OBJECTIVE: Establishing methods for topical administration of drugs to the inner ear have great clinical relevance and potential even in a relatively short perspective. To evaluate the efficacy of sodium hyaluronate (HYA) as a vehicle for drugs that could be used for treatment of inner ear disorders. METHODS: The cochlear hair cell loss and round window membrane (RWM) morphology were investigated after topical application of neomycin and HYA into the middle ear. Sixty-five albino guinea pigs were used and divided into groups depending on the type of the treatment. Neomycin was chosen as tracer for drug release and pharmacodynamic effect. HYA loaded with 3 different concentrations of neomycin was injected to the middle ear cavity of guinea pigs. Phalloidin stained surface preparations of the organ of Corti were used to estimate hair cell loss induced by neomycin. The thickness of the midportion of the RWM was measured and compared with that of controls using light and electron microscopy. All animal procedures were pe rformed in accordance with the ethical standards of Karolinska Institutet. RESULT: Neomycin induced a considerable hair cell loss in guinea pigs receiving a middle ear injection of HYA loaded with the drug, demonstrating that neomycin was released from the gel and delivered to the inner ear. The resulting hair cell loss showed a clear dose-dependence. Only small differences in hair cell loss were noted between animals receiving neomycin solution and animals exposed to neomycin in HYA suggesting that the vehicle neither facilitated nor hindered drug transport between the middle ear cavity and the inner ear. One week after topical application, the thickness of the RWM had increased and was dependent upon the concentration of neomycin administered to the middle ear. At 4 weeks the thickness of the RWM had returned to normal. CONCLUSION: HYA is a safe vehicle for drugs aimed to pass into the inner ear through the RWM. Neomycin was released from HYA and transported into the inner ear as evidenced by hair cell loss.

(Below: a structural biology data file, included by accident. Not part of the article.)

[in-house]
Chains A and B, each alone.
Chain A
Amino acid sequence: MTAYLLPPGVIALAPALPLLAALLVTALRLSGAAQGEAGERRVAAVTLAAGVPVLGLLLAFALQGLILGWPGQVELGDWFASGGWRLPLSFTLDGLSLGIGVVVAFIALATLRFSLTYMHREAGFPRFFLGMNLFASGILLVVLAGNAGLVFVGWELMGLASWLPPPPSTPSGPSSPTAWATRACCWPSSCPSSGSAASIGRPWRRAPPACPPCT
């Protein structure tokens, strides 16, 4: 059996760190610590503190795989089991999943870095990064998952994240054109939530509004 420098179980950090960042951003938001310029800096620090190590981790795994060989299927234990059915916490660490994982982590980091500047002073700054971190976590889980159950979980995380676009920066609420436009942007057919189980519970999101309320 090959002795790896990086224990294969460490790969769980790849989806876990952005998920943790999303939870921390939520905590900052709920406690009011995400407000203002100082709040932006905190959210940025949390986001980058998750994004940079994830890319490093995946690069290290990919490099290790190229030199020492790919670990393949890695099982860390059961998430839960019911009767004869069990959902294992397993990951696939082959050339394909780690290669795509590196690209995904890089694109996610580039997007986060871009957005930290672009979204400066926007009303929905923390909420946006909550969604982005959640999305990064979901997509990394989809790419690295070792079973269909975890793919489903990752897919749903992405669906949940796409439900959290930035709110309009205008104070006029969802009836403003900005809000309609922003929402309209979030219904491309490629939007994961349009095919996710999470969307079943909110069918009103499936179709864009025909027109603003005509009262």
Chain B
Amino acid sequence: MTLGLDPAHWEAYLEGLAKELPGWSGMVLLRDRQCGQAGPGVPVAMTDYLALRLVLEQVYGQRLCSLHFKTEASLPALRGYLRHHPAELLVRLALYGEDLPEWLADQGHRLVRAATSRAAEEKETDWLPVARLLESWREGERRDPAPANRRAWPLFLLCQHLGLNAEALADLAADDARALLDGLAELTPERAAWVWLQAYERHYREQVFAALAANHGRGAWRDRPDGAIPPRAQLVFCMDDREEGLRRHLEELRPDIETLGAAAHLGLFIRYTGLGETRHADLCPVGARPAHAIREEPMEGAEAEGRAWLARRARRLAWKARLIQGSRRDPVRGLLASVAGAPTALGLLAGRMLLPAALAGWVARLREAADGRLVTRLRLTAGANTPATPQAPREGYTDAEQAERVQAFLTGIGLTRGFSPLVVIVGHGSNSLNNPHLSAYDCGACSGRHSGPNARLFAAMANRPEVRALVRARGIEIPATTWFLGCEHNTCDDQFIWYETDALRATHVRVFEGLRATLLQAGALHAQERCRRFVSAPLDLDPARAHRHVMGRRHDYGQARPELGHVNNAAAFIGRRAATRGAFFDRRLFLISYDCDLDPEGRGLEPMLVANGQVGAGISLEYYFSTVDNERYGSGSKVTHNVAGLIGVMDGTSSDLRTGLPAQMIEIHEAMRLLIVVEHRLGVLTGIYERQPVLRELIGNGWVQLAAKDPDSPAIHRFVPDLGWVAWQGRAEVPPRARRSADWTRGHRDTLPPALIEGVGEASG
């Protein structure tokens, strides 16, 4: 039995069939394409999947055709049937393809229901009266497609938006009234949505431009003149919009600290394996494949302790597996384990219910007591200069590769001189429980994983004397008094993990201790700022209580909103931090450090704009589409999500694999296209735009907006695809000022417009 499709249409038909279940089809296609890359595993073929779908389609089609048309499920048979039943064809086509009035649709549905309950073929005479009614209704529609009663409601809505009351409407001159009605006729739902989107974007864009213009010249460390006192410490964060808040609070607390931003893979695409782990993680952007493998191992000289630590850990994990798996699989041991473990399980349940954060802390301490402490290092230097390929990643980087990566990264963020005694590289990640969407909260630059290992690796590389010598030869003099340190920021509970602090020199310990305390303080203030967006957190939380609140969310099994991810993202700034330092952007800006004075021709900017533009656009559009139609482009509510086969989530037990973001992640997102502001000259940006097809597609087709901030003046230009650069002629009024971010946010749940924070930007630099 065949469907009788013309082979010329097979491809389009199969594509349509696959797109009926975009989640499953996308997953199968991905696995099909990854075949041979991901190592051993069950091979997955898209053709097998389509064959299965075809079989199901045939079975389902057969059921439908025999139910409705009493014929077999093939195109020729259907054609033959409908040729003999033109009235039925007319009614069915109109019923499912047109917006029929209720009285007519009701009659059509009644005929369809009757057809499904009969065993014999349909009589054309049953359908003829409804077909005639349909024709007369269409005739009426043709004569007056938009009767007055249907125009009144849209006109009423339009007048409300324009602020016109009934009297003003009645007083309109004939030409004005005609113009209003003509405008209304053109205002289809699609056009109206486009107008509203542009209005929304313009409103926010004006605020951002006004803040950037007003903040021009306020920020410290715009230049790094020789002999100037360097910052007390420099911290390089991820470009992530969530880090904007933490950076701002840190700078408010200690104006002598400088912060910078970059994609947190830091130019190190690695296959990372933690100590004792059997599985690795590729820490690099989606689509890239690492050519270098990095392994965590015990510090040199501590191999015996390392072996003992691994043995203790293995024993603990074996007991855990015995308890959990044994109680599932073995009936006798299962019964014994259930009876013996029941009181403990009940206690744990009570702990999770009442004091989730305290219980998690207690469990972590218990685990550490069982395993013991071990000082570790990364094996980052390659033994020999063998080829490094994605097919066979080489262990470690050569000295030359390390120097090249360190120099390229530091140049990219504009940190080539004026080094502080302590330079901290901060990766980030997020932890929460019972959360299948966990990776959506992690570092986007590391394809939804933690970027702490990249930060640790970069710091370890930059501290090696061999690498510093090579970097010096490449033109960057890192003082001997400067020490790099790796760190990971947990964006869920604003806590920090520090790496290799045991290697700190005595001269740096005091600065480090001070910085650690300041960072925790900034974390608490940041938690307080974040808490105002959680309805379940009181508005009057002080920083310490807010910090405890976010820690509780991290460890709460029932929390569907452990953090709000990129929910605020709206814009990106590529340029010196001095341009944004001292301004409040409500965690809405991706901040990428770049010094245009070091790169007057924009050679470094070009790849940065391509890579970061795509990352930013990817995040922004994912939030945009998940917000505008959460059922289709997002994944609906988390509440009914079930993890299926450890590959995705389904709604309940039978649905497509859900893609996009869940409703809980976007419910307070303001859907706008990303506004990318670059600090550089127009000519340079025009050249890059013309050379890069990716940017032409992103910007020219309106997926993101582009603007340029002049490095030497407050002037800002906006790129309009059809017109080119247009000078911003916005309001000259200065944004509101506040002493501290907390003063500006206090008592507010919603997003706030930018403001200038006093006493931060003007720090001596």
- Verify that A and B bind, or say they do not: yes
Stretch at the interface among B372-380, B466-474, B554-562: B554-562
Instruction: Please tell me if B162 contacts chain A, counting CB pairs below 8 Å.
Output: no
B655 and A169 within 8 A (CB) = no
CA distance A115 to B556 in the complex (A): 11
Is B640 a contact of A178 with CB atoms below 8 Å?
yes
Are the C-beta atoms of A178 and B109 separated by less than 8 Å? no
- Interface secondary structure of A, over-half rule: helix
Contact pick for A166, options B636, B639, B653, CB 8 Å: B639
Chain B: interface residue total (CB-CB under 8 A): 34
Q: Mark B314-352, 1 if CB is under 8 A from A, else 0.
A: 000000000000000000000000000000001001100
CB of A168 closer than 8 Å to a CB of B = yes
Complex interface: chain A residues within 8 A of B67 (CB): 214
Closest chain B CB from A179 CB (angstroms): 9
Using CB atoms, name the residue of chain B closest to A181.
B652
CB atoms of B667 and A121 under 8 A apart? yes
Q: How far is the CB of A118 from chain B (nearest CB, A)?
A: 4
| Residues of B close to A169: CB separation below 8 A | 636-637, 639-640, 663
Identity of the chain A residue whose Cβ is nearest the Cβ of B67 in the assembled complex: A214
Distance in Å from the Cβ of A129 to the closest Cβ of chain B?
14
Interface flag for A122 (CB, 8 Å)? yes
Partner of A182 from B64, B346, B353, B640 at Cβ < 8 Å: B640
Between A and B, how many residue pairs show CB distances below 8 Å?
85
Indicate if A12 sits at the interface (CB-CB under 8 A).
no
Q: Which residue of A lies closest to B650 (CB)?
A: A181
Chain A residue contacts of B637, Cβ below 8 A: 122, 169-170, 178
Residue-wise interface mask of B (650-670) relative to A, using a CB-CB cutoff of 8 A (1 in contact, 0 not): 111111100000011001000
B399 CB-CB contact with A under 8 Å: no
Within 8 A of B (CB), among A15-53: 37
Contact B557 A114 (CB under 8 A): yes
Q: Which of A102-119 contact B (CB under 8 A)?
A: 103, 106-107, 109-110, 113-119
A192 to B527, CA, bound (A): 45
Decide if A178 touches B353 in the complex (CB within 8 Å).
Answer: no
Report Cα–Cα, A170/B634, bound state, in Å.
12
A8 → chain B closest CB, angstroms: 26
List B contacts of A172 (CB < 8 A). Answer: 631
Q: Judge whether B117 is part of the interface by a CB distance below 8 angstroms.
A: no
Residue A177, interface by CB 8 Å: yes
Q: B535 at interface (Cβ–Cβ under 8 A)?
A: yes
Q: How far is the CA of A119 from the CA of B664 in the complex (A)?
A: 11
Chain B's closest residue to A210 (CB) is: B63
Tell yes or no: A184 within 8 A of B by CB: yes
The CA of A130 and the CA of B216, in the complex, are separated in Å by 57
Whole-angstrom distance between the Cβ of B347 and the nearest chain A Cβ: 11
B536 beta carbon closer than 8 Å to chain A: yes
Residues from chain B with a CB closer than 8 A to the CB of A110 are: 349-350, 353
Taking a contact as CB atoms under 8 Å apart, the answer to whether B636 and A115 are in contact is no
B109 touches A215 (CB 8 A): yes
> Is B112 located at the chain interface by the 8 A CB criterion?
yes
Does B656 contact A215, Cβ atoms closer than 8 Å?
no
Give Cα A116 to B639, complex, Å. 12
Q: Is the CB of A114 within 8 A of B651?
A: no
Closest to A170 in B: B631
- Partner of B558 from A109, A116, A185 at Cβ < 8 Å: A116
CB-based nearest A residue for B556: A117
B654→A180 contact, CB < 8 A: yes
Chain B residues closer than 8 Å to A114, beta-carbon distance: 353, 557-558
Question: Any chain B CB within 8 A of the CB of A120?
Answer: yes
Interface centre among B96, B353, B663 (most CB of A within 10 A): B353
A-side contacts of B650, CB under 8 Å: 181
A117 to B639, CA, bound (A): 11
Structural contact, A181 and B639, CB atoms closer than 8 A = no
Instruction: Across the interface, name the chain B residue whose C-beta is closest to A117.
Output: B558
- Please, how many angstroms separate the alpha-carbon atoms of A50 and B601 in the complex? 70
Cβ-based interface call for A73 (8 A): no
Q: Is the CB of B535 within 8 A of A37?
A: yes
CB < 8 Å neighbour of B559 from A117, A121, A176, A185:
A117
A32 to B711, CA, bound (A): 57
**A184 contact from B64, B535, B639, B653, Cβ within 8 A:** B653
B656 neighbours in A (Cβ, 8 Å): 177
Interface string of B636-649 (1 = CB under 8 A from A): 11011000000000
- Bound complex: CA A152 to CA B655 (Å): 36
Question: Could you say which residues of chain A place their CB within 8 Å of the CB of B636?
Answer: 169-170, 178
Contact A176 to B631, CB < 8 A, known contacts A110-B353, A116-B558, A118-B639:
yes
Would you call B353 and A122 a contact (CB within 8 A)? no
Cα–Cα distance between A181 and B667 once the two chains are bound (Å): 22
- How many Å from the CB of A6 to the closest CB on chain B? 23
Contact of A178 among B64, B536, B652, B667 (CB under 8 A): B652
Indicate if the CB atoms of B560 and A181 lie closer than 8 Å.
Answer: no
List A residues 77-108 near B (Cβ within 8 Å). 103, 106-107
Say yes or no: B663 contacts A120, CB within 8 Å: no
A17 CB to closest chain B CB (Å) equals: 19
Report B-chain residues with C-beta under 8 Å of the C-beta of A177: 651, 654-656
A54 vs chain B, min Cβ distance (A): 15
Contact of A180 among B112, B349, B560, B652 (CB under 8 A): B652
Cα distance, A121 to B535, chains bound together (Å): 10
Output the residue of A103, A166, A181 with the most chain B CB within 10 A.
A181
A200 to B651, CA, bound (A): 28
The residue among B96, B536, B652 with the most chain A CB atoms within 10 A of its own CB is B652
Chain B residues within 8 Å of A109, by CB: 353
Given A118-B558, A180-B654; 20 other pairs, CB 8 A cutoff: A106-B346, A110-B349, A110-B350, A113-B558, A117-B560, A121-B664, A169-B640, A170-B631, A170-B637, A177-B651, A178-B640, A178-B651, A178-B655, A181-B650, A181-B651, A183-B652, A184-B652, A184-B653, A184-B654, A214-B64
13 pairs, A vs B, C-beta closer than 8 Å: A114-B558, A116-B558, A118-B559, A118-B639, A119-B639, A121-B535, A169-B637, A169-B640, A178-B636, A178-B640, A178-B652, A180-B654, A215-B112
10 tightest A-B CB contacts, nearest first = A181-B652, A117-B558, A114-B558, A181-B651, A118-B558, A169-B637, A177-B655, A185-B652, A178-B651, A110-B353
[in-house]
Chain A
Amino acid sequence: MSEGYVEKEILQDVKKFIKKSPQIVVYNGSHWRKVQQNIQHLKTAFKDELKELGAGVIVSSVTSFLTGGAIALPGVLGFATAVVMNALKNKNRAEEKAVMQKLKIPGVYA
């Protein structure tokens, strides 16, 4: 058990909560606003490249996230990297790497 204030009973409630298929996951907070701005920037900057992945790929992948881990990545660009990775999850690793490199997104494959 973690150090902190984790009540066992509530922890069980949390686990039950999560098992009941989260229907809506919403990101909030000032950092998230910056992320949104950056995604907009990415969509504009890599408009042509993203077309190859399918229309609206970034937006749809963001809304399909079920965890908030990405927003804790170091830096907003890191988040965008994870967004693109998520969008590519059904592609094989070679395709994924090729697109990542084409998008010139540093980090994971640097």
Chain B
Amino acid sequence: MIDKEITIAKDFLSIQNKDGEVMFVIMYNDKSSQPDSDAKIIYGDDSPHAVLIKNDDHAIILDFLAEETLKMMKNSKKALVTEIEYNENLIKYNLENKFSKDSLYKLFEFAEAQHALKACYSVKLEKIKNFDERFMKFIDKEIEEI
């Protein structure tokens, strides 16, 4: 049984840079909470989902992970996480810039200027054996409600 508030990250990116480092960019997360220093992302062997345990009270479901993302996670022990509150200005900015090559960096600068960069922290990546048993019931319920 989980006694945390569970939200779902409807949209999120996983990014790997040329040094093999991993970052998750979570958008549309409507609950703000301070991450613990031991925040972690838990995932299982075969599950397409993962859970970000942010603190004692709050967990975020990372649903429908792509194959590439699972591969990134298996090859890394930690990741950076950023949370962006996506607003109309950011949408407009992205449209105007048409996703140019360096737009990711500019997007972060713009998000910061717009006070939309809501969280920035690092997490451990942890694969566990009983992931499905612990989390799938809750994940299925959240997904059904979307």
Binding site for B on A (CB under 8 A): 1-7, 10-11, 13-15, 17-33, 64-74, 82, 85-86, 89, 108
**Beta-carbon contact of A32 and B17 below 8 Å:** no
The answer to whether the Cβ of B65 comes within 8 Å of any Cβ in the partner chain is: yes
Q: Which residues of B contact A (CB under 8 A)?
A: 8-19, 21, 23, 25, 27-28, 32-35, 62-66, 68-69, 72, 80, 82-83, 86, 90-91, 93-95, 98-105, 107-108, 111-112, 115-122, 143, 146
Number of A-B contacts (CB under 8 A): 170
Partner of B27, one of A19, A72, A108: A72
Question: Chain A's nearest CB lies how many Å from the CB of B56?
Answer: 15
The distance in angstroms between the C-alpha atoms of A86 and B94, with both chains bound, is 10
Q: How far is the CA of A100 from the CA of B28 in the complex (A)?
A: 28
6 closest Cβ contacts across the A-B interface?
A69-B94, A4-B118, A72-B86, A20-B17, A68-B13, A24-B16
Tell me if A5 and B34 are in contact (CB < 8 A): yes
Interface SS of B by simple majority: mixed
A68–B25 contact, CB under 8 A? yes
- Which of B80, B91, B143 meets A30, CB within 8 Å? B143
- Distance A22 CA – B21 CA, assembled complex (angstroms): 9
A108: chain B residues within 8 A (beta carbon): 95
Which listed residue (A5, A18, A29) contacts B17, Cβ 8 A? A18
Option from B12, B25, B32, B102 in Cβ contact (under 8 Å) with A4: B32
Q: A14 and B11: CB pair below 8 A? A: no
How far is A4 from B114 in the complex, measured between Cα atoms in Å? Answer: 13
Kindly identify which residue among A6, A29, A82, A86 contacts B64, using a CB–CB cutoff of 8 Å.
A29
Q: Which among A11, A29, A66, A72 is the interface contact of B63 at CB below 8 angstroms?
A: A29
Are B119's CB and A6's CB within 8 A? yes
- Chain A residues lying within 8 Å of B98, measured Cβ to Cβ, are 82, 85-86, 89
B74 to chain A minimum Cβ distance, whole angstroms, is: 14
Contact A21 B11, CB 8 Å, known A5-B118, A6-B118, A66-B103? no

• 195.
    Salander, Pär
    et al.
    Umeå University, Faculty of Social Sciences, Department of Social Work.
    Isaksson, Joakim
    Umeå University, Faculty of Social Sciences, Department of Social Work.
    Granström, Brith
    Umeå University, Faculty of Medicine, Department of Clinical Sciences, Otorhinolaryngology.
    Laurell, Göran
    Institutionen för kirurgiska vetenskaper, Öron- näs- och halssjukdomar.
    How patients make use of a specialist nurse function in head and neck cancer: an empirical study2014In: Psycho-Oncology, ISSN 1057-9249, E-ISSN 1099-1611, Vol. 23, no Special issue S3, p. 159-Article in journal (Other academic)
  • 196.
    Salander, Pär
    et al.
    Umeå University, Faculty of Social Sciences, Department of Social Work.
    Isaksson, Joakim
    Umeå University, Faculty of Social Sciences, Department of Social Work.
    Granström, Brith
    Umeå University, Faculty of Medicine, Department of Clinical Sciences, Otorhinolaryngology.
    Laurell, Göran
    Uppsala Universitet, Department of Surgical Sciences - Otolaryngology and Head & Neck Surgery.
    Motives that head and neck cancer patients have for contacting a specialist nurse: an empirical study2016In: Journal of Clinical Nursing, ISSN 0962-1067, E-ISSN 1365-2702, Vol. 25, no 21-22, p. 3160-3166Article in journal (Refereed)
    Abstract [en]

    Aims and objectives: The purpose of this study is to systematically explore the motives for patients with head and neck cancer to contact a speciaist nurse during two years postdiagnosis.

    Background: Research focusing on the role of specialist nurses in cancer care almost exclusively concern cancers other than head and neck cancer